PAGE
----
Psychologist Shirley Glass (Ira Glass’s mom!) talks about marriage and infidelity in the Baltimore Sun.

Read the advance hype for Naked in Baghdad, in which NPR’s Anne Garrels details her experiences covering the war in Iraq.

Trustees at Isothermal Community College in Spindale, N.C., meet tonight to decide the future of WNCW-FM, which belongs to the school. A sale is unlikely, but the board wants to spend less on the station, reports the Ashville Citizen-Times.

Today’s Doonesbury digs on NPR.

Officials at WETA in Washington, D.C., have resigned themselves to the prospect of day laborers–mostly Latino men–gathering at a new pavilion near their offices, reports the Washington Post.

A Dayton Daily News report revisits a year-long dispute between WYSO-FM in Yellow Springs, Ohio, and disgruntled listeners who protest the station’s decision to end locally produced jazz and folk programs.

Two Stanford profs have started Philosophy Talk, a public radio show concerned more with timeless conundrums than with car repair.

Geov Parrish writes that MITRE’s recent report on low-power FM may mark a welcome swing toward localized broadcasting. “The damage that LPFM would supposedly cause to broadcasters simply didn’t exist, and the case for re-instating the original proposal is overwhelming,” he writes for AlterNet. (Coverage in Current.)

“Their shows are making money, that’s why I air them over and over again,” says a Maryland Public TV pledge producer, referring to pledge programs produced by Long Island station WLIW. Newsday examines the growth of WLIW’s pledge production business.

BE Radio gives an engineer’s view of NPR’s West Coast production facility.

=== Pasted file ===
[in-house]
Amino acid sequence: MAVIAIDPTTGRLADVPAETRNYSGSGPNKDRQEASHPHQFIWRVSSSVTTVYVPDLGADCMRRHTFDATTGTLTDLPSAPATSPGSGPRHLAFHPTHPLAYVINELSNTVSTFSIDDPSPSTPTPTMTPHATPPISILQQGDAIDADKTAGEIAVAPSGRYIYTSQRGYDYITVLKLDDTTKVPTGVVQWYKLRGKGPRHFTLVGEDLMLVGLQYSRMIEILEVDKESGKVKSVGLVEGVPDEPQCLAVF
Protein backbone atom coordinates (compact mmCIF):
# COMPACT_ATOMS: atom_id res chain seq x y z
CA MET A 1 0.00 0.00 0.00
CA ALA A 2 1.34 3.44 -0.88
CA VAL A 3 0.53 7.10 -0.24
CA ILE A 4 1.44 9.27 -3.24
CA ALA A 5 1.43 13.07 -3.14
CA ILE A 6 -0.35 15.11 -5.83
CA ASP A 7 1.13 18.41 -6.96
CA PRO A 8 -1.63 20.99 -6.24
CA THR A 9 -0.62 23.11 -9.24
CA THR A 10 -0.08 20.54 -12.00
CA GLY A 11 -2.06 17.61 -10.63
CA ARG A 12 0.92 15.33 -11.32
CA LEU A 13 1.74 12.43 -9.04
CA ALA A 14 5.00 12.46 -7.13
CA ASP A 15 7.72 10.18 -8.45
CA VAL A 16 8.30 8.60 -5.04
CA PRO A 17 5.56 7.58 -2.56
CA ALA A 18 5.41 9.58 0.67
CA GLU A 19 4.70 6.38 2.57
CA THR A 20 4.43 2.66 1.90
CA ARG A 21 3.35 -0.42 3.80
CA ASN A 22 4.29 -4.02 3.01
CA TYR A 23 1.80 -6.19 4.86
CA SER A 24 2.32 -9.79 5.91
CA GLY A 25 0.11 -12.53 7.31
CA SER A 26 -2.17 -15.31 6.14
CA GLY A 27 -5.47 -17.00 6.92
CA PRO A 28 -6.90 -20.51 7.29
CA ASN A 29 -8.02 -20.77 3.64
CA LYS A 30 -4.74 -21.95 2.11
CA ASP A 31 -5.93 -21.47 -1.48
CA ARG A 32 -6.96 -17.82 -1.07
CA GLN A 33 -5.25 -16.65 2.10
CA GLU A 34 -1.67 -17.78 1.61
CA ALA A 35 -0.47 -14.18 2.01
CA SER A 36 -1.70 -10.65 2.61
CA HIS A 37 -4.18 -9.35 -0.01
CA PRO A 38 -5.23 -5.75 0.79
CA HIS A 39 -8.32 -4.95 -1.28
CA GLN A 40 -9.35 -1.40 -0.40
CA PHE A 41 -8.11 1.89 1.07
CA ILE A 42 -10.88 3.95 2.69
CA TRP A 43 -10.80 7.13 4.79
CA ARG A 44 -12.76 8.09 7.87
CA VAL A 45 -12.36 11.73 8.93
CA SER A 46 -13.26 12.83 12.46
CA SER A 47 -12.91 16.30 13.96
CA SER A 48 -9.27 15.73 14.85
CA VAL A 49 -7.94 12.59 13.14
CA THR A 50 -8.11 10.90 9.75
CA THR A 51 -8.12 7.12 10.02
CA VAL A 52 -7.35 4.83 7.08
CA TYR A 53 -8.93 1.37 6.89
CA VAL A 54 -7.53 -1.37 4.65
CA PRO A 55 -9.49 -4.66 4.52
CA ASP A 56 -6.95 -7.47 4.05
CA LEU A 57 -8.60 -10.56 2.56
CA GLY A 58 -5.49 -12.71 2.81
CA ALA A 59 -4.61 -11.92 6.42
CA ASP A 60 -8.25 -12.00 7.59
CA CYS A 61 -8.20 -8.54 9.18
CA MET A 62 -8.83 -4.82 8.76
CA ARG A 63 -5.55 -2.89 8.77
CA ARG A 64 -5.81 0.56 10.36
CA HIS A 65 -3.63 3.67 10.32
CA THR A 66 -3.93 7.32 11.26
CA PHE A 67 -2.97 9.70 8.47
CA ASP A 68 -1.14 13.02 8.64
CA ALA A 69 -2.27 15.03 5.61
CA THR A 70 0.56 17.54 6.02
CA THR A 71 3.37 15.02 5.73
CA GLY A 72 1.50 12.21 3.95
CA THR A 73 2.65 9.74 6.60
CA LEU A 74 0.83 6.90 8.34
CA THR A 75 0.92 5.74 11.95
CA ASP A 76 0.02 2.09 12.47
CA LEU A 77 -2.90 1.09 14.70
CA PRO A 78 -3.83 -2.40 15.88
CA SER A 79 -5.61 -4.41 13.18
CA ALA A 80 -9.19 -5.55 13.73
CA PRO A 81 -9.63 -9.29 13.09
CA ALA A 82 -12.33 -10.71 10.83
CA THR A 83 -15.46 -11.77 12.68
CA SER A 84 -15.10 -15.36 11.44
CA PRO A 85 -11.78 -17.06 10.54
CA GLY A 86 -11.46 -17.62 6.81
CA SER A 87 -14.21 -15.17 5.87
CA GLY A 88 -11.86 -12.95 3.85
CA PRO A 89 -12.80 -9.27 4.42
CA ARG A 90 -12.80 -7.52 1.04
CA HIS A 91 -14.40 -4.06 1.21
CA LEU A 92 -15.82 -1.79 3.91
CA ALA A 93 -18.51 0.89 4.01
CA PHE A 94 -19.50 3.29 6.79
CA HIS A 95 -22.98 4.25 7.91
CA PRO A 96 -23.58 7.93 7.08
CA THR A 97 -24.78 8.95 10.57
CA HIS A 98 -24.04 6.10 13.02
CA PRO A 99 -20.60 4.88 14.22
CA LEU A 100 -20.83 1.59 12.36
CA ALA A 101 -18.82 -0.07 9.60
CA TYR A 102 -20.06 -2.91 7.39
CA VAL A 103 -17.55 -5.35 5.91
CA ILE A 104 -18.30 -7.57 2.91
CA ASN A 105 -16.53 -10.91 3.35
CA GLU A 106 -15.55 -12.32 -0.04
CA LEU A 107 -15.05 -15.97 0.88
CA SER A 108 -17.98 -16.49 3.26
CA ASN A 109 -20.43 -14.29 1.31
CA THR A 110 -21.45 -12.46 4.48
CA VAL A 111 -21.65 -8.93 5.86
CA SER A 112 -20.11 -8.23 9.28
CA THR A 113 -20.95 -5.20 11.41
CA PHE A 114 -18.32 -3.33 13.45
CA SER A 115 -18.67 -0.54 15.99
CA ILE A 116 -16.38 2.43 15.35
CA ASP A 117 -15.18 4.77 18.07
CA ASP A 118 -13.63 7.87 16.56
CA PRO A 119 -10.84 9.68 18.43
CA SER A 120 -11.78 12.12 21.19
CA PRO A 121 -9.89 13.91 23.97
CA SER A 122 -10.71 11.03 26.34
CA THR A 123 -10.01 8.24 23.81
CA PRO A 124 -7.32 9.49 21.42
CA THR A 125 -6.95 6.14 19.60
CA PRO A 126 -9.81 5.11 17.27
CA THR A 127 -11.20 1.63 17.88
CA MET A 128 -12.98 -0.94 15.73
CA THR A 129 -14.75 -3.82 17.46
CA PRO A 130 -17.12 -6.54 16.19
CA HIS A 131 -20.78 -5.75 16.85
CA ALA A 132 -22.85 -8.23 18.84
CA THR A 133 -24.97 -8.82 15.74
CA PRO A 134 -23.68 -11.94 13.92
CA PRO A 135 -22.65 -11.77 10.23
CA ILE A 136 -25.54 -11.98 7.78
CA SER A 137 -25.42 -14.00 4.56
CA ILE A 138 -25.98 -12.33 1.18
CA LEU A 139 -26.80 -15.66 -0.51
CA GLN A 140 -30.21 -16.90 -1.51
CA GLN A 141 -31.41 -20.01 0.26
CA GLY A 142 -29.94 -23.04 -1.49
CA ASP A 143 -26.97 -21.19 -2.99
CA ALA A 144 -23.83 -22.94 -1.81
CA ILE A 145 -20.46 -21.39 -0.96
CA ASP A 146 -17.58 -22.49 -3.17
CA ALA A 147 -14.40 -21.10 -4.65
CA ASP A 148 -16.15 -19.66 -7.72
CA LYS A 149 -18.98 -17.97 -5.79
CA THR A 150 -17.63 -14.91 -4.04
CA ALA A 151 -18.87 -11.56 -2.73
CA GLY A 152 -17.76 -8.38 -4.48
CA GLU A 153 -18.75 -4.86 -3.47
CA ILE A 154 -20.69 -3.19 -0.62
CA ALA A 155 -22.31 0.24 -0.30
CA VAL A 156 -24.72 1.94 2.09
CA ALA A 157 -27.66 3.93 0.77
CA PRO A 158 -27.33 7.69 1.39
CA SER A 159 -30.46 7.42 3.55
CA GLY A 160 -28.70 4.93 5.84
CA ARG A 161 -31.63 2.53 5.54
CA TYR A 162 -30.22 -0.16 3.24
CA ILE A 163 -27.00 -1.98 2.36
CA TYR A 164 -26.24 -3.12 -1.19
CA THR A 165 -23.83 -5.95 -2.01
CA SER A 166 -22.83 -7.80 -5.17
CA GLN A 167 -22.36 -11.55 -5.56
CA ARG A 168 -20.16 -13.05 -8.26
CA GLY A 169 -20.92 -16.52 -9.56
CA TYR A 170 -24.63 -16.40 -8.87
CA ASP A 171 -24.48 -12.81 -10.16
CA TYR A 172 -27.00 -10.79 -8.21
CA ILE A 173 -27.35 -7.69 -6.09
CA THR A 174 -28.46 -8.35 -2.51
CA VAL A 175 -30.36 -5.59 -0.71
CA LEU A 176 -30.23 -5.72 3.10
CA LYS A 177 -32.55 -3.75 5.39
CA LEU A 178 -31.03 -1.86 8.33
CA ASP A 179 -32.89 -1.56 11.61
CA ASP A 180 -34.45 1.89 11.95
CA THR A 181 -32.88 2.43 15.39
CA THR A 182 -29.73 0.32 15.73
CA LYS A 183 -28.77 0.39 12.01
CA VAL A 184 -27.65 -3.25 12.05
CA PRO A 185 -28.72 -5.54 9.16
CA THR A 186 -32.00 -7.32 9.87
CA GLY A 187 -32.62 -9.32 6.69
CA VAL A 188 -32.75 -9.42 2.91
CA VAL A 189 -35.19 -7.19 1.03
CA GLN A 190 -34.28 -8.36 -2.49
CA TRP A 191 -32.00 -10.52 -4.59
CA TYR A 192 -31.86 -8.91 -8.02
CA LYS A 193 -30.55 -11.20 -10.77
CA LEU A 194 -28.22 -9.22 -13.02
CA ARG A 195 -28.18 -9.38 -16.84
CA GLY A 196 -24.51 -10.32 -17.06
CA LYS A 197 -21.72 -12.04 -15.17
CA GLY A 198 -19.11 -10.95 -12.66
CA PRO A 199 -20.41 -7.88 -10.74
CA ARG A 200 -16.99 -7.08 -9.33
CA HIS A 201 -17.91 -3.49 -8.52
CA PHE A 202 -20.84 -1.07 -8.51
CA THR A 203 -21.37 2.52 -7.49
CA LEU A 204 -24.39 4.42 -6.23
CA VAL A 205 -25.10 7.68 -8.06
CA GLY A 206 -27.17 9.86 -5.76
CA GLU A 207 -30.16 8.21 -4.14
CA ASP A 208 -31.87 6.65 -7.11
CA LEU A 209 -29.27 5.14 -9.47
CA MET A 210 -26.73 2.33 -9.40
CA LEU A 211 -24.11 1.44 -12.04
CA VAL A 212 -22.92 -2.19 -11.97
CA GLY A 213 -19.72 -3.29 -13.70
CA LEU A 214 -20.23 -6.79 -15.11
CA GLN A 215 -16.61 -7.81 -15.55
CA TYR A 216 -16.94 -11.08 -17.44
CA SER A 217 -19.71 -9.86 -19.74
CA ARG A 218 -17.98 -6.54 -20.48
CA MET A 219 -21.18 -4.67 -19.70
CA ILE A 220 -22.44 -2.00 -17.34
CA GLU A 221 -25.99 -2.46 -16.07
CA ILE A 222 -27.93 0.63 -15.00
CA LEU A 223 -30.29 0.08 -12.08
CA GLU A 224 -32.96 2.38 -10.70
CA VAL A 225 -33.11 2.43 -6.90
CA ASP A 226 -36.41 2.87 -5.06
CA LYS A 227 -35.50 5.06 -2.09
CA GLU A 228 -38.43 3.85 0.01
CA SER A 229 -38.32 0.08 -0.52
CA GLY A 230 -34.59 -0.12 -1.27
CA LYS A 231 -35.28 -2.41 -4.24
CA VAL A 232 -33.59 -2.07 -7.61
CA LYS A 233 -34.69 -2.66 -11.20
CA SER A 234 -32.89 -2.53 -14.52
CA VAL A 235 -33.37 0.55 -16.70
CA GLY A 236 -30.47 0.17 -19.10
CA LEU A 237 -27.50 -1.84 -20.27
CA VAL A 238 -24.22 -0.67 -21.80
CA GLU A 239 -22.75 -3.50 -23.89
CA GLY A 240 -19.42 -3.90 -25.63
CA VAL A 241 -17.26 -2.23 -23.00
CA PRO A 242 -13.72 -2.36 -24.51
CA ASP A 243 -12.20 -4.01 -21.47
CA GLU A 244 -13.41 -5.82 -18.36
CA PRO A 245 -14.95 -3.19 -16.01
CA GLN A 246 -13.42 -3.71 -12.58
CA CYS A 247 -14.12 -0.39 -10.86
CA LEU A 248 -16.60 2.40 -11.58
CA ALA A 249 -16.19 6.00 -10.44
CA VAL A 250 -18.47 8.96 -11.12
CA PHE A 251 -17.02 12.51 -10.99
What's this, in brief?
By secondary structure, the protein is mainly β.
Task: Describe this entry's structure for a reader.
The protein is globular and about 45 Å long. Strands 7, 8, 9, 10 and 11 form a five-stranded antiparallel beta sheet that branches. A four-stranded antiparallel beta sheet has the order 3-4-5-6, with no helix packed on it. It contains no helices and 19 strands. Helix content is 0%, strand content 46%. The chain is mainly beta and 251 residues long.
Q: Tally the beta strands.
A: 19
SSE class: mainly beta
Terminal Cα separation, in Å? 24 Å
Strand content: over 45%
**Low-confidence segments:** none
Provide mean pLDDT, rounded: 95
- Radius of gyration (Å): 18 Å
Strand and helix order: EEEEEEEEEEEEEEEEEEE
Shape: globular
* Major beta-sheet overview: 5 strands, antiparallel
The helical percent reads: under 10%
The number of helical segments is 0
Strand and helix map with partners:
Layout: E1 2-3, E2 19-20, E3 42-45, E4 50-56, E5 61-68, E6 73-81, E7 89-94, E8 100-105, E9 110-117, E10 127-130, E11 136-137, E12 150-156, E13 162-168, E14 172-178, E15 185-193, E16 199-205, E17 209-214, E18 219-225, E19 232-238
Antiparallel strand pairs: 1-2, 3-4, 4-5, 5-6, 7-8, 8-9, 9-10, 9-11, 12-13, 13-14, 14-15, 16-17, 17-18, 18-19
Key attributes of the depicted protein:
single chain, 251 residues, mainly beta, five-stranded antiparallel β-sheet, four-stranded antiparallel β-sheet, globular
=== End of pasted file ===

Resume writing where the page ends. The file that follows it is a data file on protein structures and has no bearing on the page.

KUOW-FM in Seattle is paying tribute to Cynthia Doyon, a swing jazz host for the station who committed suicide earlier this week. The Seattle Times and Seattle Post-Intelligencer ran obituaries.

“Because public radio is a resource for us as citizens, it makes sense to have our participation,” says Jay Allison of Transom, his watering hole for independent producers, in the New York Times.

The University of Massachusetts in Lowell has upset students and community activists by giving 25 hours a week of its FM station’s airtime to a local newspaper, according to the Boston Phoenix. [More coverage in the Lowell Sun and the Boston Globe.]

Newsweek previews David Isay’s latest project, StoryCorps.

KCTS cut 30 jobs in layoffs that targeted production staff, report the Seattle Weekly and the Seattle Post-Intelligencer.

The Las Vegas Mercury previews changes at the city’s KNPR, which begins operating a second FM signal this fall.

Tyne Daly and Ruby Dee star in a staged reading of John Hersey’s Hiroshima, airing today on Pacifica stations. [More coverage in the New York Daily News.]

Chicago’s WBEZ-FM is studying ways to acquire a second frequency in the city, reports the Sun-Times.

Public radio engineers say that iBiquity Digital Corp. has improved its digital audio codec, reports BE Radio. Meanwhile, WGUC-FM in Cincinnati has gone digital.

KPCC-FM in Los Angeles and K-Mozart, a local commercial classical station, will promote each other on their airwaves, reports the Los Angeles Times.